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How to respond to potential Malware uploaded to Azure Storage Blob
Published Jun 10 2020 06:23 AM 21.2K Views

Microsoft Defender for Cloud covers a wide capability on Cloud Workload Platform Protection (CWPP) when it comes protecting Platform as a Service. One of those capabilities is alerting to potential malware uploaded as a Blob to an Azure Storage Account.


The potential malware upload alerting works as follows. When Microsoft Defender for Cloud is protecting Azure Storage, blob files uploaded to Azure Storage produce telemetry streaming logs. In many cases the stream operation logs contain hashes related to the blob. These hashes are compared using Microsoft's Threat Intelligence to do hash reputation analysis looking for viruses, trojans, spyware and ransomware. When a match is found an alert is raised in Microsoft Defender for Cloud.




This alerting can help detect intentional activity by an attacker looking to leverage storage for lateral movement or unintentional upload of a malware file from a cloud user or application.


Alerting on the potential malware uploaded is very helpful, but you can take it one step further by leveraging Workflow Automation feature to trigger a series of actions upon receiving this alert, including sending an email and notify your security team when a potential malware is uploaded to your storage account. After your security investigation a decision can be made as the email that notified your team also contains a link to approve or reject the deletion of the potential malware blob in the alert.


To deploy the Security Logic App, you can leverage our Microsoft Defender for Cloud Community GitHub Repository, specifically this one


Be sure to set the Logic App’s Managed Service Identity on a Management Group or Subscription with the Storage Blob Data Contributor and Security Admin role assignment. In addition setup Workflow automation documented here to trigger on alerts that contain ‘’ Potential malware uploaded to a storage account”


Once the Logic App and Workflow Automation are setup you can test the Logic App and Workflow Automation by using the following documented testing trigger scenario.


The Logic App upon detection starts by taking the unique properties of the alert and crafting the Blob Uri as a variable.




It will then send a email notification of the alert to the designated security team.




Within the email a security analyst can click on the Microsoft Defender for Cloud link to investigate the potential malware blob further. Once analysis is finished the security analyst can approve or reject deletion of the blob on Azure Storage account even though they may not have access to it. This is because the Logic App will execute using it’s Storage Blob Data Contributor role assignment and specific to that blob only.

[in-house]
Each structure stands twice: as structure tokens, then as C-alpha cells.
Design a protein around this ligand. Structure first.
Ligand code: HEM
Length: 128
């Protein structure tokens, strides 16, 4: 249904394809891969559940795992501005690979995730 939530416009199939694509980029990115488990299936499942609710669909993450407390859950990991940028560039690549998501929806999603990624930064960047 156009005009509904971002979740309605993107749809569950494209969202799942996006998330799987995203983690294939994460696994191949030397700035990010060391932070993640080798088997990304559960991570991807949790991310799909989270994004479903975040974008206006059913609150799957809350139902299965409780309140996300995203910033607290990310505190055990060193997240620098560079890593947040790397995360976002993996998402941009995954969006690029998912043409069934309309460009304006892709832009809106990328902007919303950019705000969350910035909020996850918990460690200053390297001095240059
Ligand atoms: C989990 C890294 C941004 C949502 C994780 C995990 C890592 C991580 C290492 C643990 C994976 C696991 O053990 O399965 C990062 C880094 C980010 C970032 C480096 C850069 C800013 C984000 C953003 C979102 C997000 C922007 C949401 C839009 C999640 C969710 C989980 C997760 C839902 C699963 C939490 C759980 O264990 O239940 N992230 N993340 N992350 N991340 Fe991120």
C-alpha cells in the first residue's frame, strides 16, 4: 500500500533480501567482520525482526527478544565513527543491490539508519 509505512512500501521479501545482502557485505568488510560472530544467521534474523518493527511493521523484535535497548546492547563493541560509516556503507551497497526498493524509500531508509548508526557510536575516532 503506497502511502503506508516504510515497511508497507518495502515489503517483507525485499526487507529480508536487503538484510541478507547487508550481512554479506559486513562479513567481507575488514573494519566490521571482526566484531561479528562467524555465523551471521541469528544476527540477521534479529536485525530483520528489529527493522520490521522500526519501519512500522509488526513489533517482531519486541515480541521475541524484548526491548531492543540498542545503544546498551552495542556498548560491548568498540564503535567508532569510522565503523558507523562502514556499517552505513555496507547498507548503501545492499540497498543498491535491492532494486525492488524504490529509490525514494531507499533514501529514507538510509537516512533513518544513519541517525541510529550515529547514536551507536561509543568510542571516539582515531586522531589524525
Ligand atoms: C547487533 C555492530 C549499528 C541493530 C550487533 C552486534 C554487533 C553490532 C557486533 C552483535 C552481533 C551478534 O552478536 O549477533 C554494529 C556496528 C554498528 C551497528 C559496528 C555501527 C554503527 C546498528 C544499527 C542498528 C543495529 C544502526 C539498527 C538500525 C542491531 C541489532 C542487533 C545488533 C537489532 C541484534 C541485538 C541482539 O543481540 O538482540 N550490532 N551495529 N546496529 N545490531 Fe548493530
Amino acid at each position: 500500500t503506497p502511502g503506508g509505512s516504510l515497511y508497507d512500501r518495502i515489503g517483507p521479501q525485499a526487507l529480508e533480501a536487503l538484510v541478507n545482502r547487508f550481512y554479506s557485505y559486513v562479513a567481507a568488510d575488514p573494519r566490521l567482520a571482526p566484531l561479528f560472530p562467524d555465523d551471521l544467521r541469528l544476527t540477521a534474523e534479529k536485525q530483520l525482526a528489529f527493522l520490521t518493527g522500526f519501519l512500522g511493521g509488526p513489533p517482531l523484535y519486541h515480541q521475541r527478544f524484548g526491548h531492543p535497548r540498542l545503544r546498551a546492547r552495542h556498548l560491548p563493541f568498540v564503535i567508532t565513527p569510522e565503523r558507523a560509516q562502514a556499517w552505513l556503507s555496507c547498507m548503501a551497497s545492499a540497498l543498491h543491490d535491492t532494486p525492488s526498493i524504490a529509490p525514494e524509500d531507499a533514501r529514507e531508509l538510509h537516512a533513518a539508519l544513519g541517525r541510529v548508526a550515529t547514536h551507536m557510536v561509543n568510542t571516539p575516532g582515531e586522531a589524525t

Once Approved




The Logic App makes a Storage Data layer API call to DELETE the blob uri you captured in the variable above




It works best to Enable Storage Soft Delete on all Storage Accounts as well in the advent a blob was deleted but needs to be restored.


The Logic App will then send a confirmation email ensuring confirmation of successful deletion of the Blob




As a final step the Logic App will dismiss the Azure Security Alert using it’s Security Admin role assignment since remediation has taken place.




The URI path is also informed by using Logic App expressions to split on the AzureResourceID of the affected storage account. It can now properly pass the Subscription ID and Resource Group name when dismissing this security alert in Microsoft Defender for Cloud.


Here is an example of the expression that will take the AzureResourceID and split on '/' values in the string and starting first at the beginning choosing the 2nd position of that split.




/subscriptions/{Subscription GUI}/resourceGroups/rgtestblob/providers/Microsoft.Storage/storageAccounts/testblobstoragelogging


Finally you will need to take some post installations steps with the Logic App and Microsoft Defender for Cloud Workflow Automation to ensure this will execute properly after deployment.


You will need to first go to the Logic App and go to a specific blade called API connection send below to Authorize and Save your Office 365 API Connection. This ensures the Logic App can send an email on behalf of the mailbox.





As another step you need to assign the Logic App which will deploy as a Managed Service Identity access to your subscription or Management Group with Role Assignments. This allows the Logic App to execute it's steps with proper authorization against storage account and Microsoft Defender for Cloud.


Please assign Storage Blob Data Contributor and Security Admin roles





The final step will be to go to Microsoft Defender for Cloud and Workflow Automation blade and wire up so that when a specific alert comes in it will trigger this deployed Logic App.





Please pay attention to the field Alert name contains 


You need to ensure this will trigger on a specific alert called:


Potential malware uploaded to a storage blob container




Once saved you now have the alert firing the logic app.


In this post you learned how the potential malware blob detection works by analyzing the streaming telemetry logs and comparing file hashes when present to Microsoft Threat Intelligence. You also learned how to leverage Workflow Automation to notify your security team and automate based on a decision to delete the potential malware blob.


Special thanks to:

@YuriDiogenes for reviewing this post


Version history
Last update:
‎Nov 02 2021 04:48 PM
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